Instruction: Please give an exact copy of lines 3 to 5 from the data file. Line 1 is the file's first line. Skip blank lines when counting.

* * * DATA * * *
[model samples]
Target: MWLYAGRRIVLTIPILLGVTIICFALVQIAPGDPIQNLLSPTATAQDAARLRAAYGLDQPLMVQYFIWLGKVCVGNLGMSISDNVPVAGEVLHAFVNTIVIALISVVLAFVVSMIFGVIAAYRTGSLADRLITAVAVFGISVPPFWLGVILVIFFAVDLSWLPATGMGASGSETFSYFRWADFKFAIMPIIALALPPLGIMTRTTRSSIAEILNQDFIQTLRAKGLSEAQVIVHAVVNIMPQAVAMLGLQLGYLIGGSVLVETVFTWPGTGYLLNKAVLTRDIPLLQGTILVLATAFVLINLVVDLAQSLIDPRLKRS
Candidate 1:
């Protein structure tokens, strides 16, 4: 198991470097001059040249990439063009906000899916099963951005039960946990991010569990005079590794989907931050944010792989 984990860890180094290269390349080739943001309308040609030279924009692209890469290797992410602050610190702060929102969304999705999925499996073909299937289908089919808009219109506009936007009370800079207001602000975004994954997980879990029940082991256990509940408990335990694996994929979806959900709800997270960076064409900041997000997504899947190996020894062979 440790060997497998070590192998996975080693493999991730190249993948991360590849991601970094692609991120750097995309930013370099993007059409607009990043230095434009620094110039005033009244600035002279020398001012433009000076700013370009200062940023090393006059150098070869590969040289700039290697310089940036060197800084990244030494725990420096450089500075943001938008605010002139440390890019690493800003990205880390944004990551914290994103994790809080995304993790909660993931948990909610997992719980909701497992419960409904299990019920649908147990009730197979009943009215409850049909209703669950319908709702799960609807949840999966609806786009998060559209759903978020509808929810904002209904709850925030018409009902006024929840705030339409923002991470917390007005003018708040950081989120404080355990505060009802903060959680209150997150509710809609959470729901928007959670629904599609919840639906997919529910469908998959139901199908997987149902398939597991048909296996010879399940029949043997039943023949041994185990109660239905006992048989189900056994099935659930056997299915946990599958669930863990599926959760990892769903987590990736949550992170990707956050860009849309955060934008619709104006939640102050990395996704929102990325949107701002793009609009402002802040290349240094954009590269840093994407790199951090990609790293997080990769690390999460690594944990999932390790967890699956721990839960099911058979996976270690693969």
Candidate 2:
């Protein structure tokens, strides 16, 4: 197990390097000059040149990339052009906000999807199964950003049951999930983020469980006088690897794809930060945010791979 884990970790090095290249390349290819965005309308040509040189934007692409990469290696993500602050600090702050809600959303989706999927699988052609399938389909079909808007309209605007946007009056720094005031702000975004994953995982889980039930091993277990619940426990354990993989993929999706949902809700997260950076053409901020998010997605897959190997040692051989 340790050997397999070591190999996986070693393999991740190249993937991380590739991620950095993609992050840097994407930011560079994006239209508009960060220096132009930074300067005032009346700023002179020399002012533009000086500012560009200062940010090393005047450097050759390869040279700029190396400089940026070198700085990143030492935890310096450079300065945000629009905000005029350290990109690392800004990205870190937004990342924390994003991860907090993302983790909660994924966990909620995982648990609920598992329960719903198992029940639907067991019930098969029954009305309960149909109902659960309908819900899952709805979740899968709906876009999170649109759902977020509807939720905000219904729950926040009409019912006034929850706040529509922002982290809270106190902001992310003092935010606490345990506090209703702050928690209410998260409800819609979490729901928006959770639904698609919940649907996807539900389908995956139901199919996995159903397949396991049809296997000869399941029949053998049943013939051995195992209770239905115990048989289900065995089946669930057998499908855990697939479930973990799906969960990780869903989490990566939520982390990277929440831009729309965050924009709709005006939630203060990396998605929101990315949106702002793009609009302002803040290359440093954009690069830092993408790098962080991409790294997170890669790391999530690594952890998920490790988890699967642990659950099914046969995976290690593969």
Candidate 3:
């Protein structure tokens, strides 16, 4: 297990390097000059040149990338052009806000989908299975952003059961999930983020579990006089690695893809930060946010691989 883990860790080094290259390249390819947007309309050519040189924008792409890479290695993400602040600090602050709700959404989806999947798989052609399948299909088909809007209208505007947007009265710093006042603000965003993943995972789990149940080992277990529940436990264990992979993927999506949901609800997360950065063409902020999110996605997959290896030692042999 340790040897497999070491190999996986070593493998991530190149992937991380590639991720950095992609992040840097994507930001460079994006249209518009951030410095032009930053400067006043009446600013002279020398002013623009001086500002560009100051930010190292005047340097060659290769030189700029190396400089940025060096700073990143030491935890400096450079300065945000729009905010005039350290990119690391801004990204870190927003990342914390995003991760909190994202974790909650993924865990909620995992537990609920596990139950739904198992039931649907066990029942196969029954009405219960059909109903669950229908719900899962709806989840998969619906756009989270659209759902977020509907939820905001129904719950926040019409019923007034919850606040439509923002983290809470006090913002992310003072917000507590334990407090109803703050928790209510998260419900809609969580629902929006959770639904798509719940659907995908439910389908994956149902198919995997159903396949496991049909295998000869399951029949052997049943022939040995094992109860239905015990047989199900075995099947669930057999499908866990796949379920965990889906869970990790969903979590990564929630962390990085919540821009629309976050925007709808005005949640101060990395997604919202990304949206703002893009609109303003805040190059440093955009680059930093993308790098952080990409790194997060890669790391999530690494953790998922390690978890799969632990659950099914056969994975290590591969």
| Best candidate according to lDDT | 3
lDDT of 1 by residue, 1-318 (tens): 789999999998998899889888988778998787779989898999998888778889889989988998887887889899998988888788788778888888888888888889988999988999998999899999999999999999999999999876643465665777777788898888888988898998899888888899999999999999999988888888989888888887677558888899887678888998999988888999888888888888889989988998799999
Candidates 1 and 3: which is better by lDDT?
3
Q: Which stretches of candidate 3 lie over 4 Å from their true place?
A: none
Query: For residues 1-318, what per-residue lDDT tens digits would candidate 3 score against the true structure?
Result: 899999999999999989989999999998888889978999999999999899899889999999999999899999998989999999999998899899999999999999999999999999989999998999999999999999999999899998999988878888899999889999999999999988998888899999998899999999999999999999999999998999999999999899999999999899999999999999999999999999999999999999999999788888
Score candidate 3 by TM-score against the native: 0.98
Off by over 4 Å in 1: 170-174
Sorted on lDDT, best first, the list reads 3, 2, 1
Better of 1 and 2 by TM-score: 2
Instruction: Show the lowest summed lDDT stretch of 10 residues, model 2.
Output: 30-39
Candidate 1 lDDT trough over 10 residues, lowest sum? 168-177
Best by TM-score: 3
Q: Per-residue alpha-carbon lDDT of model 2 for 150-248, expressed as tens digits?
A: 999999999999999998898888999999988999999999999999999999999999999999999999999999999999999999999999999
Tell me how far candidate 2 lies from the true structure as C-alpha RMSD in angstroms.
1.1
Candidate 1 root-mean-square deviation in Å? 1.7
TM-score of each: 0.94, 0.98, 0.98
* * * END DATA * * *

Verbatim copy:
Candidate 1:
């Protein structure tokens, strides 16, 4: 198991470097001059040249990439063009906000899916099963951005039960946990991010569990005079590794989907931050944010792989 984990860890180094290269390349080739943001309308040609030279924009692209890469290797992410602050610190702060929102969304999705999925499996073909299937289908089919808009219109506009936007009370800079207001602000975004994954997980879990029940082991256990509940408990335990694996994929979806959900709800997270960076064409900041997000997504899947190996020894062979 440790060997497998070590192998996975080693493999991730190249993948991360590849991601970094692609991120750097995309930013370099993007059409607009990043230095434009620094110039005033009244600035002279020398001012433009000076700013370009200062940023090393006059150098070869590969040289700039290697310089940036060197800084990244030494725990420096450089500075943001938008605010002139440390890019690493800003990205880390944004990551914290994103994790809080995304993790909660993931948990909610997992719980909701497992419960409904299990019920649908147990009730197979009943009215409850049909209703669950319908709702799960609807949840999966609806786009998060559209759903978020509808929810904002209904709850925030018409009902006024929840705030339409923002991470917390007005003018708040950081989120404080355990505060009802903060959680209150997150509710809609959470729901928007959670629904599609919840639906997919529910469908998959139901199908997987149902398939597991048909296996010879399940029949043997039943023949041994185990109660239905006992048989189900056994099935659930056997299915946990599958669930863990599926959760990892769903987590990736949550992170990707956050860009849309955060934008619709104006939640102050990395996704929102990325949107701002793009609009402002802040290349240094954009590269840093994407790199951090990609790293997080990769690390999460690594944990999932390790967890699956721990839960099911058979996976270690693969």
Candidate 2: